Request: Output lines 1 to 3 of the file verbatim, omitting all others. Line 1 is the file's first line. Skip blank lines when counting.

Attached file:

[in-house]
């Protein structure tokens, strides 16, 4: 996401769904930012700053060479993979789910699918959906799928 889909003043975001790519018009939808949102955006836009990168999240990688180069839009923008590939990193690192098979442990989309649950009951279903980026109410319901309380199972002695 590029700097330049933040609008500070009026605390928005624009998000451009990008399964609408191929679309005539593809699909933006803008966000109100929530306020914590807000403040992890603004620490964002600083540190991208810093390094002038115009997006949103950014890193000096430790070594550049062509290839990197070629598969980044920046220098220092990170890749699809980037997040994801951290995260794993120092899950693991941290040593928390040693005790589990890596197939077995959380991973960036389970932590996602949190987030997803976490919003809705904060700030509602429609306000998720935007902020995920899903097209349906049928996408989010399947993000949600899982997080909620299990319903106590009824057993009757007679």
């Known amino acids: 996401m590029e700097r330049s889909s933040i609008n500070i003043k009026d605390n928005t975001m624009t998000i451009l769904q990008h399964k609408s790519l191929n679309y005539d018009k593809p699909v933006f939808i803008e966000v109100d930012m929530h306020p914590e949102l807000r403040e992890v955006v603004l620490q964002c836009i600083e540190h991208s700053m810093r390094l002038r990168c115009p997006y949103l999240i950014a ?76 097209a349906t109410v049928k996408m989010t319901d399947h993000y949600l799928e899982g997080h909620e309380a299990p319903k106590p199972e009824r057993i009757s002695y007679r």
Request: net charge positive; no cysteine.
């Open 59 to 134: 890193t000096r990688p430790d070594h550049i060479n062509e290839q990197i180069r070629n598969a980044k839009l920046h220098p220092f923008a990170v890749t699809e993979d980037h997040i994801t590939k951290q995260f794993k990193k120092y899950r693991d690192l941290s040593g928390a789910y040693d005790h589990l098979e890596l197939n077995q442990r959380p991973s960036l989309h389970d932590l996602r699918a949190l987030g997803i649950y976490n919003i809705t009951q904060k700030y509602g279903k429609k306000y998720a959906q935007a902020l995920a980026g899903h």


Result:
[in-house]
């Protein structure tokens, strides 16, 4: 996401769904930012700053060479993979789910699918959906799928 889909003043975001790519018009939808949102955006836009990168999240990688180069839009923008590939990193690192098979442990989309649950009951279903980026109410319901309380199972002695 590029700097330049933040609008500070009026605390928005624009998000451009990008399964609408191929679309005539593809699909933006803008966000109100929530306020914590807000403040992890603004620490964002600083540190991208810093390094002038115009997006949103950014890193000096430790070594550049062509290839990197070629598969980044920046220098220092990170890749699809980037997040994801951290995260794993120092899950693991941290040593928390040693005790589990890596197939077995959380991973960036389970932590996602949190987030997803976490919003809705904060700030509602429609306000998720935007902020995920899903097209349906049928996408989010399947993000949600899982997080909620299990319903106590009824057993009757007679």
């Known amino acids: 996401m590029e700097r330049s889909s933040i609008n500070i003043k009026d605390n928005t975001m624009t998000i451009l769904q990008h399964k609408s790519l191929n679309y005539d018009k593809p699909v933006f939808i803008e966000v109100d930012m929530h306020p914590e949102l807000r403040e992890v955006v603004l620490q964002c836009i600083e540190h991208s700053m810093r390094l002038r990168c115009p997006y949103l999240i950014a ?76 097209a349906t109410v049928k996408m989010t319901d399947h993000y949600l799928e899982g997080h909620e309380a299990p319903k106590p199972e009824r057993i009757s002695y007679r």